Upcoming Shows

  • October 30, 2014 8:30 pmFigment Theater: Sessions @ Studio C
  • October 30, 2014 9:00 pmThe Comedy Attic
  • October 31, 2014 8:00 amNationally Touring Headline Comedians @ Helium
  • October 31, 2014 7:00 pmThe Comedy Works
  • October 31, 2014 8:00 pmThe N Crowd
  • October 31, 2014 8:00 pmCrazy Cow Comedy
  • October 31, 2014 8:30 pmFigment Theater: Sessions @ Studio C
  • October 31, 2014 9:30 pmFigment Theater: Sessions @ Studio C
  • November 1, 2014Nationally Touring Headline Comedians @ Heliun
  • November 1, 2014Nationally Touring Headline Comedians @ Helium
  • November 1, 2014 7:30 pmComedy Sportz Philadelphia
  • November 1, 2014 8:00 pmCrazy Cow Comedy
  • November 1, 2014 9:30 pmThe Comedy Works
  • November 1, 2014 10:00 pmComedy Sportz Philadelphia
  • November 1, 2014 10:30 pmImprov Comedy: PHIT House Teams
  • November 5, 2014 8:00 pmComedy Masters
  • November 6, 2014 8:30 pmFigment Theater: Sessions @ Studio C
  • November 6, 2014 9:00 pmThe Comedy Attic
  • November 7, 2014 8:00 amNationally Touring Headline Comedians @ Helium
  • November 7, 2014 7:00 pmThe Comedy Works
  • November 7, 2014 8:00 pmThe N Crowd
  • November 7, 2014 8:00 pmCrazy Cow Comedy
  • November 7, 2014 8:30 pmFigment Theater: Sessions @ Studio C
  • November 7, 2014 9:30 pmFigment Theater: Sessions @ Studio C
  • November 8, 2014Nationally Touring Headline Comedians @ Helium
AEC v1.0.4

Ten Questions With…Karen Coleman

Karen Coleman is a member of new Philly Improv Theater House Team codenamed Shadowfax. She also produces a web comic, Wednesday Night Danger Club.

How and why did you get into comedy? I needed comedy as a creative outlet. As a teenager I did a lot of community theater. When I was 19, I auditioned for an improv show at my Community College which ended up performing regularly and I fell in love with it. I then moved to NYC to study illustration at Parsons and took as many improv classes that I could. I just started working on a new web comic as another way to express myself comedically.

How would you describe your style as a comedian? What influences and factors do you think contribute to that? I’ve always thought of myself as an artist and I haven’t really thought about myself as a comedian until recently. It’s hard to think of myself as having a style. I have always been influenced by strong female performers and there are a lot of funny, talented women improvisers in Philadelphia. I want people that I think are funny to laugh at me. Hey, can I talk about my web comic? www.wednesdaynightdangerclub.com

Do you have a favorite show or venue you like to perform at? What about it makes it fun or special for you? The few times I was able to perform at the UCB theater in New York, it felt amazing to stand where amazing people stood. And I’m excited to be a part of the Philly Improv Theater and do shows at the Shubin, the energy at that theater is practically tangible.

Do you have a single favorite moment in Philly comedy or one that stands out? It is difficult for me to choose a single moment. I’m going to say it’s the time we were having Incubator in the park and a random man started crying because we were too loud.

Do you have any sort of creative process that you use with your writing or your performance? It’s hard to perform, and its hard to live your life, when you are in your head about what people are thinking about you or if you think your ideas are stupid. It’s important to be present and in the moment not only for improv scenes but also in general. I need to remind myself of that sometimes to clear my head, especially when it comes to performing.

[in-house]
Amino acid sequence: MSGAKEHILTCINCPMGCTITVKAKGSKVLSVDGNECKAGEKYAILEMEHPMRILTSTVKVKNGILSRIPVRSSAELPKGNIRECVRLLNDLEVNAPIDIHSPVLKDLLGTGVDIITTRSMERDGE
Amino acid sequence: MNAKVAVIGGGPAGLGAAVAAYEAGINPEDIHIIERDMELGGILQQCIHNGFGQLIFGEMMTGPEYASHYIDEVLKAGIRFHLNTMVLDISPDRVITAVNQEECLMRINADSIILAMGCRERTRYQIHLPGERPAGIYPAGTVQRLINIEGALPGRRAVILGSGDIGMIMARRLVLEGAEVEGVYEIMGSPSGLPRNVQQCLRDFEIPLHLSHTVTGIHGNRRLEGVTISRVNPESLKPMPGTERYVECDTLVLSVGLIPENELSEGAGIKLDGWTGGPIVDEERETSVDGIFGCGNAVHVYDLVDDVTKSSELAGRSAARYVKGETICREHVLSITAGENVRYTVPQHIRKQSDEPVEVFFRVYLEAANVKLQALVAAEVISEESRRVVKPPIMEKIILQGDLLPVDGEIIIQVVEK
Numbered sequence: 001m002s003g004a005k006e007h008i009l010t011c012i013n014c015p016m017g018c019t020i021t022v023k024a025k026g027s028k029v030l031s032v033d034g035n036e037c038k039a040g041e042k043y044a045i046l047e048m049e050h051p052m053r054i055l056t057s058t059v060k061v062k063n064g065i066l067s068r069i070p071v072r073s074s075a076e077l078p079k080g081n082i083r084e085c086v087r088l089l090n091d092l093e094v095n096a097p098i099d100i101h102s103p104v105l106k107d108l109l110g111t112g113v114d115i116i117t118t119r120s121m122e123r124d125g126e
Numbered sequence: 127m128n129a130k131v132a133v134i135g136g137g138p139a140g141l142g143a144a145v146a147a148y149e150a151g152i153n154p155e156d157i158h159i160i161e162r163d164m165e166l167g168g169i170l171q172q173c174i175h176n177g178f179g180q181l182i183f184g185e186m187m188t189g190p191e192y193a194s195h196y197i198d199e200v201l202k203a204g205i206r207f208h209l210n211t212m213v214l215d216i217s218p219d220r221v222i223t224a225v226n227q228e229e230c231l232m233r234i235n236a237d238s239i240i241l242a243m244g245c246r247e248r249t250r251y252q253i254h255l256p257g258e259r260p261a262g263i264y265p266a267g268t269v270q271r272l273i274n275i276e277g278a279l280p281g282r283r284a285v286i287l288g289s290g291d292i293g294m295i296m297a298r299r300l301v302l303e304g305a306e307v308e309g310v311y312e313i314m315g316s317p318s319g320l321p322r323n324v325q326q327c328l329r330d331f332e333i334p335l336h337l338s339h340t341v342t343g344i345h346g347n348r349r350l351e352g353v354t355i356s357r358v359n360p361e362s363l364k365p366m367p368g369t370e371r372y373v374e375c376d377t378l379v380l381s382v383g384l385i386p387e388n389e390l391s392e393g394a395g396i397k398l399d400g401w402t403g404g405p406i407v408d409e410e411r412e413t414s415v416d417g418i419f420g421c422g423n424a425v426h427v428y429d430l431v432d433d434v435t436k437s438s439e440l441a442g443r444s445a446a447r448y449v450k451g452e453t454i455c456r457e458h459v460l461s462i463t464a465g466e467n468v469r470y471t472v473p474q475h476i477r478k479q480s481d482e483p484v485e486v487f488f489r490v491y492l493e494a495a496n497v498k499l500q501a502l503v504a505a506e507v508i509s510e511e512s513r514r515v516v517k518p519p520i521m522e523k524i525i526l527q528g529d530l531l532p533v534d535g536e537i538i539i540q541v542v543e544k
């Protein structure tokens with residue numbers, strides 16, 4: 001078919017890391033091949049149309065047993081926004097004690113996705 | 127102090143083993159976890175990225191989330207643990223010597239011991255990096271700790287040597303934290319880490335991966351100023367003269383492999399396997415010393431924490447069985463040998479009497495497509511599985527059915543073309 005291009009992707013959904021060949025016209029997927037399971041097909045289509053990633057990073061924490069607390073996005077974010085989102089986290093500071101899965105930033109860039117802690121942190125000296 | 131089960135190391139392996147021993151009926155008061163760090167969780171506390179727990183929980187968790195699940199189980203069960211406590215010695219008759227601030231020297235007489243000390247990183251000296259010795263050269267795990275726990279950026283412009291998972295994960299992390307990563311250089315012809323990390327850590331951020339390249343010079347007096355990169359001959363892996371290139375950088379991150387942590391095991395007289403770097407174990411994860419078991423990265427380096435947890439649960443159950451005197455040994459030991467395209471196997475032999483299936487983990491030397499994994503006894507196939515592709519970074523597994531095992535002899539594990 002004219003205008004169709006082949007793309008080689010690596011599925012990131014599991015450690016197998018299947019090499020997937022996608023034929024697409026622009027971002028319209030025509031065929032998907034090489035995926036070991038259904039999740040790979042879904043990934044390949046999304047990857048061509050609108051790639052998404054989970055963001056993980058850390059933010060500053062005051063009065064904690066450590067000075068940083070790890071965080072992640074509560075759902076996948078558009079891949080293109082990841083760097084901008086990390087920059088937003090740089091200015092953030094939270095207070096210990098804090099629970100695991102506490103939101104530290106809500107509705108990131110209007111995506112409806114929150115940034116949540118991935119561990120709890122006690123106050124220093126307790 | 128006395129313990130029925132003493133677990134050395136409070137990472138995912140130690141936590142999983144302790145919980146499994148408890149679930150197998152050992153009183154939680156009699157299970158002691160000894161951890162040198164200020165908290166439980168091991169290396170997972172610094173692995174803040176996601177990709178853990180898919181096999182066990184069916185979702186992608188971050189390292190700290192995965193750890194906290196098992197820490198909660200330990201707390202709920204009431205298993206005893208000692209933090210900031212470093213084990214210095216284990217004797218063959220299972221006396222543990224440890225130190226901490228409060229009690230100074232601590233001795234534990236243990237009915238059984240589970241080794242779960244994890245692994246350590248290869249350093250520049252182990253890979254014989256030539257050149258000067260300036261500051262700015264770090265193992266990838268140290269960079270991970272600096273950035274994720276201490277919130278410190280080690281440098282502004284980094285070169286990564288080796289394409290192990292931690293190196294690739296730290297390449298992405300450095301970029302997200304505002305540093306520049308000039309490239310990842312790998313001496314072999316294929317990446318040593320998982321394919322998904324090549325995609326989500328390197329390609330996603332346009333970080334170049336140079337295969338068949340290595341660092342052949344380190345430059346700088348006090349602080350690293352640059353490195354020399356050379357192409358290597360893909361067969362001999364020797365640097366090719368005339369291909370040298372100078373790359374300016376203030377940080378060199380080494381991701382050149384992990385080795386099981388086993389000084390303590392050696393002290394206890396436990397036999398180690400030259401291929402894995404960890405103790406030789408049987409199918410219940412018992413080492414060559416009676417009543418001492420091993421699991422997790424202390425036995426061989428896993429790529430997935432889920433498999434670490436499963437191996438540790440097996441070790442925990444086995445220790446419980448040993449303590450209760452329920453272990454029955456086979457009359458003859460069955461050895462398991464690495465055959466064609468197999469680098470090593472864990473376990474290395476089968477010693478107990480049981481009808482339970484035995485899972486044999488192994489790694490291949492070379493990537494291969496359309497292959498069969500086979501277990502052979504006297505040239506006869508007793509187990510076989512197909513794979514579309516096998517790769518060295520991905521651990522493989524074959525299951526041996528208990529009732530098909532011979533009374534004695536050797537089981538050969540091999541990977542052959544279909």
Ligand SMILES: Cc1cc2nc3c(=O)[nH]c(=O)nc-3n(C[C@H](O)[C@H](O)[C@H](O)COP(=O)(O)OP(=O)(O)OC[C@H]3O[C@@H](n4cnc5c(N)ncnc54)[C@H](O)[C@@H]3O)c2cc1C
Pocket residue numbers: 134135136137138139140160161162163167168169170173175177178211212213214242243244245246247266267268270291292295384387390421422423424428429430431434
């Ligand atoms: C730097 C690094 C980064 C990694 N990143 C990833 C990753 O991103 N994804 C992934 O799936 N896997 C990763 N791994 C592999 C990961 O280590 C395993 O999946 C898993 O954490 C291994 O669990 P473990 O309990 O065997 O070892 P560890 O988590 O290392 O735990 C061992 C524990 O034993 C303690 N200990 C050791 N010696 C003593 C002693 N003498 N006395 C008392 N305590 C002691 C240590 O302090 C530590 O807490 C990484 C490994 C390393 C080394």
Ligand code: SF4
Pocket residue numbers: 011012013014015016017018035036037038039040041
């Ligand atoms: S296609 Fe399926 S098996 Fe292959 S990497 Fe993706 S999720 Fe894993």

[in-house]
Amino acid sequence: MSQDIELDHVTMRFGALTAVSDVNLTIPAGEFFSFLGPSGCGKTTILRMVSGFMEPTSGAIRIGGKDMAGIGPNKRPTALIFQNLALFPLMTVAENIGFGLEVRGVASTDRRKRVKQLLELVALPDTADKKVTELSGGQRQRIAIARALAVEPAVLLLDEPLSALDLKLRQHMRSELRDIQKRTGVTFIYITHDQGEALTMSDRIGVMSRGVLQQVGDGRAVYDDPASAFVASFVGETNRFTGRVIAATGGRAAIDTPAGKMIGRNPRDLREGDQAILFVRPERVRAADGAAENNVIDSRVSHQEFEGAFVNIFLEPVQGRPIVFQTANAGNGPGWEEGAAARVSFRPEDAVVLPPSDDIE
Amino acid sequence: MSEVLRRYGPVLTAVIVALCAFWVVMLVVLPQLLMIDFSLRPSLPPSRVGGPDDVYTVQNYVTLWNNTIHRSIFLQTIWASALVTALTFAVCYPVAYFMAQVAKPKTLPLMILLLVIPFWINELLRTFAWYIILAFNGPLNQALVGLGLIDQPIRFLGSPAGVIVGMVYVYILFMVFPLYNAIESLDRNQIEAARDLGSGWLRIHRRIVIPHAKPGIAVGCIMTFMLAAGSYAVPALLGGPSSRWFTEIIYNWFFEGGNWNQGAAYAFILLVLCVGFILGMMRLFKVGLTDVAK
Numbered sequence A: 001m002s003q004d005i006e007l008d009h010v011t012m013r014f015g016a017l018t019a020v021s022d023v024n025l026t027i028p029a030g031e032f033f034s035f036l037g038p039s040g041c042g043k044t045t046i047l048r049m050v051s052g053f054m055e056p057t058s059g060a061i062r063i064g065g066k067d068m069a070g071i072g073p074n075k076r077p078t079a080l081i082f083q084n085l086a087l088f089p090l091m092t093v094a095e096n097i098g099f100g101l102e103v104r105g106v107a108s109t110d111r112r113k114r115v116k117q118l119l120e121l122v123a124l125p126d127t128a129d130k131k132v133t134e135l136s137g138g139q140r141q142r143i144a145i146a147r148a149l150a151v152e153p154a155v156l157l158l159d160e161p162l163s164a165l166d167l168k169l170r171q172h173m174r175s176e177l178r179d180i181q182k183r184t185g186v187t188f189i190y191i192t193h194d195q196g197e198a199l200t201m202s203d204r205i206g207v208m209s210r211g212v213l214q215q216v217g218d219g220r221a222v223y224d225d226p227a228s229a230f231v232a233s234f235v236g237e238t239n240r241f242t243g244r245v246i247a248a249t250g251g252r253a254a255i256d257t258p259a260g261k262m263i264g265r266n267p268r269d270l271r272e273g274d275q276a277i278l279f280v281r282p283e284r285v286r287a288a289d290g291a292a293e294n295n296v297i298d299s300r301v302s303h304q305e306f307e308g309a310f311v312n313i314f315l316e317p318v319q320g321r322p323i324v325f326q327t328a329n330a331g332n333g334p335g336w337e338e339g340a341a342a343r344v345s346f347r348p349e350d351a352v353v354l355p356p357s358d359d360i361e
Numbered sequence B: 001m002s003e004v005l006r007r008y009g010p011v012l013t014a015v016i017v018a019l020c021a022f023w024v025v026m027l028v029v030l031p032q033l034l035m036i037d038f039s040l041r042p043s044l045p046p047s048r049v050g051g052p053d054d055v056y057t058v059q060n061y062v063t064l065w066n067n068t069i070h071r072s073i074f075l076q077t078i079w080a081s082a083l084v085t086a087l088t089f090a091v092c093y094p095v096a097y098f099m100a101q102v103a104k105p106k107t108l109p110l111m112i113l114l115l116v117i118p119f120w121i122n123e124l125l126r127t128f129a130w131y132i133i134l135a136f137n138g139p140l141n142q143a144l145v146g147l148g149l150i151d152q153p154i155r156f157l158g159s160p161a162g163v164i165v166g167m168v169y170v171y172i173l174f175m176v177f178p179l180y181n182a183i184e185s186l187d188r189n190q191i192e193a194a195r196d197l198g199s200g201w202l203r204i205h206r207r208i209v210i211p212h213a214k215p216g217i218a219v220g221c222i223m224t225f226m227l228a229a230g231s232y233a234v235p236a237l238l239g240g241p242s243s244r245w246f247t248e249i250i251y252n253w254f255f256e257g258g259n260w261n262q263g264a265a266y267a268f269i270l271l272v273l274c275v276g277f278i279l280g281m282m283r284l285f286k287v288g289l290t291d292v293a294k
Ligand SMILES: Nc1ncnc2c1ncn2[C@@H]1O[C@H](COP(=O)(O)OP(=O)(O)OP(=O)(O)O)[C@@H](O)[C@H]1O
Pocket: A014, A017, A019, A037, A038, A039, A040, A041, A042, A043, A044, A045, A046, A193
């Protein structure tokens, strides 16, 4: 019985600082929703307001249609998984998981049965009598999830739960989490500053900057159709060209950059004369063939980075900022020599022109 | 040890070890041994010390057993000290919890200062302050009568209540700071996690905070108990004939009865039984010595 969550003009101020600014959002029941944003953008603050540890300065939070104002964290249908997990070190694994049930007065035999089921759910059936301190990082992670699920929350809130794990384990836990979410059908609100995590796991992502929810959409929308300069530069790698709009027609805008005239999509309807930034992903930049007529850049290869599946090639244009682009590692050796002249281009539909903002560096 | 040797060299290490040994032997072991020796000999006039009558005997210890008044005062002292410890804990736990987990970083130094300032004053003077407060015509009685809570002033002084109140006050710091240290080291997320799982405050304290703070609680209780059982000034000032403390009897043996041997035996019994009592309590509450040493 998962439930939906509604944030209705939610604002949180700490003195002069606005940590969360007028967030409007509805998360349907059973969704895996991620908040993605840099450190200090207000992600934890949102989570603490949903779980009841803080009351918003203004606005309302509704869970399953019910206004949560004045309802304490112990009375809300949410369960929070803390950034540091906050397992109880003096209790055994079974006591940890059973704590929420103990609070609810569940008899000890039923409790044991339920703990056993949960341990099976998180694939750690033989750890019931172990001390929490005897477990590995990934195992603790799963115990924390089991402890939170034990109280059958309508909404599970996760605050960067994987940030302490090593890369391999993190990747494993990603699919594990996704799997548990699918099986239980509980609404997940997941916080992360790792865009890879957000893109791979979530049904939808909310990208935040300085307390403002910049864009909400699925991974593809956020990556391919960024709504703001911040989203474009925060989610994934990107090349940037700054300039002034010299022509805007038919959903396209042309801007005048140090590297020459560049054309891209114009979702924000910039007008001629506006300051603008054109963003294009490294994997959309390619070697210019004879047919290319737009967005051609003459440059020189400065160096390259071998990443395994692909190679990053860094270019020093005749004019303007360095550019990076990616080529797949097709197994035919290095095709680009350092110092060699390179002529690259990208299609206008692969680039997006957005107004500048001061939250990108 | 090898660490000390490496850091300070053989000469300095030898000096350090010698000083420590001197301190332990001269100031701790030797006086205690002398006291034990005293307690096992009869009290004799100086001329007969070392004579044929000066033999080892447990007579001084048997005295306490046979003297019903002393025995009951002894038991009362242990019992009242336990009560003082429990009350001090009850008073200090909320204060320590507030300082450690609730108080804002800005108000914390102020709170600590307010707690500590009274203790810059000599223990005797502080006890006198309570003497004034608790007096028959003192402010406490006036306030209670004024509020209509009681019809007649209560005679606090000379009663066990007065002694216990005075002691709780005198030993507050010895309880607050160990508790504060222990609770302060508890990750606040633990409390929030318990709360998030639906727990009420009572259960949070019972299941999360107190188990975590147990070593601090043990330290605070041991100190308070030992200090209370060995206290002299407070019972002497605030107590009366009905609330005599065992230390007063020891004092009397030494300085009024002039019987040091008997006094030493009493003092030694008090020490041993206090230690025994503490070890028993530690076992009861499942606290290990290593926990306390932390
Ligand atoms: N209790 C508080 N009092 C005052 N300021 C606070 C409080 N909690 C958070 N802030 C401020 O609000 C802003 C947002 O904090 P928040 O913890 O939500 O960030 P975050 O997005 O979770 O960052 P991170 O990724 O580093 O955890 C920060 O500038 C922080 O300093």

What is it about improv (or stand-up, or sketch, whatever you do…) that draws you to it? I am drawn to writing my web comic, www.wednesdaynightdangerclub.com, which is heavily influenced by my experience with improv. I love the process of starting with nothing and creating something, and connecting seemingly random ideas to make them meaningful. I love using my energy to build characters and how sometimes I can surprise myself when I didn’t even know what I was going to say until after I said it.

Do you have any favorite performers in the Philly scene? Why are they your favorites? I do! I love and am inspired by my teammates on  – soon to be announced PHIT house team name –  and my favorite performers are the ones that look like they are having fun and make it look easy.

Do you have any bad experiences doing comedy that you can share? A particularly bad bombing or even an entire show gone haywire? I have had moments where I have been disappointed in my performance or scenes just felt awkward and terrible, but fortunately I do not.

What do you think the Philly comedy scene needs to continue to grow? Chia seeds.

Do you have any personal goals for the future as you continue to perform comedy? Personally, I’m only in this for the money. I’m hoping for a reality show. (Greater confidence in my choices, soak up as much knowledge as I can, perform as much as I can.) I also want the future to bring more readers of my web comic. www.wednesdaynightdangerclub.com

Ten Questions With…Scott Hinners

Scott Hinners is a member of new Philly Improv Theater House Team codenamed Shadowfax. They make their debut tonight at the Shubin Theater.

How and why did you get into comedy? I don’t look at is getting into comedy as much as finding different outlets to get the random ideas in my head to others for public enjoyment/scrutiny. More specifically, I was drawn into improv during high school with a great teacher and phenomenal group of improvisors. Improv feels like the purest form of comedy and I can’t get enough of it.

How would you describe your style as a comedian? What influences and factors do you think contribute to that? I like to think of myself as more observational and deeply appreciate when things are very clever. I find myself to be an analytical person in my everyday life which is probably the cause of the conceptual approach i take to comedy.